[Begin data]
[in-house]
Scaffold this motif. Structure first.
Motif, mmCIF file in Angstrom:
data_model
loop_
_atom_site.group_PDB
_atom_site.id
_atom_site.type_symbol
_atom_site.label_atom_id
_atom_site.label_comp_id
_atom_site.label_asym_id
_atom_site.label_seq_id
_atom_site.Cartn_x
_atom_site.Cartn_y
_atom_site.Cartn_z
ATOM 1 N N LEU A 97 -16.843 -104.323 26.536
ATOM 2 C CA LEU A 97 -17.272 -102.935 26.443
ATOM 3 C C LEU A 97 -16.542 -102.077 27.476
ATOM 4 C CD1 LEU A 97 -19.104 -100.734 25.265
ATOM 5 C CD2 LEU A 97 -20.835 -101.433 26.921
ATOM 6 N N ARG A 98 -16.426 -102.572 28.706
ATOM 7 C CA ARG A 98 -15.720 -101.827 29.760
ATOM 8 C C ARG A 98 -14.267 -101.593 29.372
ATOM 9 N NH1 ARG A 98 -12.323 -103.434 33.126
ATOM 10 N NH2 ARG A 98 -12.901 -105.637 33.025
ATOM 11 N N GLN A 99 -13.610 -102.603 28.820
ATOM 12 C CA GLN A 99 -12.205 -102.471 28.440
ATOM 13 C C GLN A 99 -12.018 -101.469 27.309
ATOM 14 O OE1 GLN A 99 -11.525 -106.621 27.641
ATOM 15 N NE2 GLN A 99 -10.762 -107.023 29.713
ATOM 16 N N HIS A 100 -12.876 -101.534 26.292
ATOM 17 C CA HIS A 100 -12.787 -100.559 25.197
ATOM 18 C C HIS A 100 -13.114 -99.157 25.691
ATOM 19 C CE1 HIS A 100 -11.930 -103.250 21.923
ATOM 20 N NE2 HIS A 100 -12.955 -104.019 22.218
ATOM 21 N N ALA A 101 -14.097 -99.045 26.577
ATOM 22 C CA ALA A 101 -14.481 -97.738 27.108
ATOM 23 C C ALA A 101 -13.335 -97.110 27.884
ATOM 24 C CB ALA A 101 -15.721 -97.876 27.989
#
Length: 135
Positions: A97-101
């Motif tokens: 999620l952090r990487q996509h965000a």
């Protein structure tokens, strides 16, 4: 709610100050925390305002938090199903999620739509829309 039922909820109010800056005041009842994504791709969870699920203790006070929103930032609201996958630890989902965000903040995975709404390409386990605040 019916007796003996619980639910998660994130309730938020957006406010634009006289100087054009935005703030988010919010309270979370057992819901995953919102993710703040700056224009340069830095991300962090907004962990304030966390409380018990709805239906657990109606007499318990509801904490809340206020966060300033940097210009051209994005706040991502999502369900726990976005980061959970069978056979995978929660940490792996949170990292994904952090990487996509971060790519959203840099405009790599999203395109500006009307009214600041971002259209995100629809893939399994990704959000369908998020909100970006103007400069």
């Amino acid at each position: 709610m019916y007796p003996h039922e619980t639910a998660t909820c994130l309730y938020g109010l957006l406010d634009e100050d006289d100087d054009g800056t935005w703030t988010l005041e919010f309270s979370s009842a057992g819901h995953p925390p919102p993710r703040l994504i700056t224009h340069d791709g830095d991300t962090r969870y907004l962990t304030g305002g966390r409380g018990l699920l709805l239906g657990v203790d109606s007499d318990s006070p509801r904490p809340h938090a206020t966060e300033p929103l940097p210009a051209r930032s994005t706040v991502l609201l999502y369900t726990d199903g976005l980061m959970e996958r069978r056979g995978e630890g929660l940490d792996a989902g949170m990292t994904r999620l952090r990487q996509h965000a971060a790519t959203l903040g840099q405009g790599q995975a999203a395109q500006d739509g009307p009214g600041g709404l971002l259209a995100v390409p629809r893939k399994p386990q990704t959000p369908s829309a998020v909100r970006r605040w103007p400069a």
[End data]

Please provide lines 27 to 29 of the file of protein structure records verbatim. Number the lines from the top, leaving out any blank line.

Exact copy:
ATOM 12 C CA GLN A 99 -12.205 -102.471 28.440
ATOM 13 C C GLN A 99 -12.018 -101.469 27.309
ATOM 14 O OE1 GLN A 99 -11.525 -106.621 27.641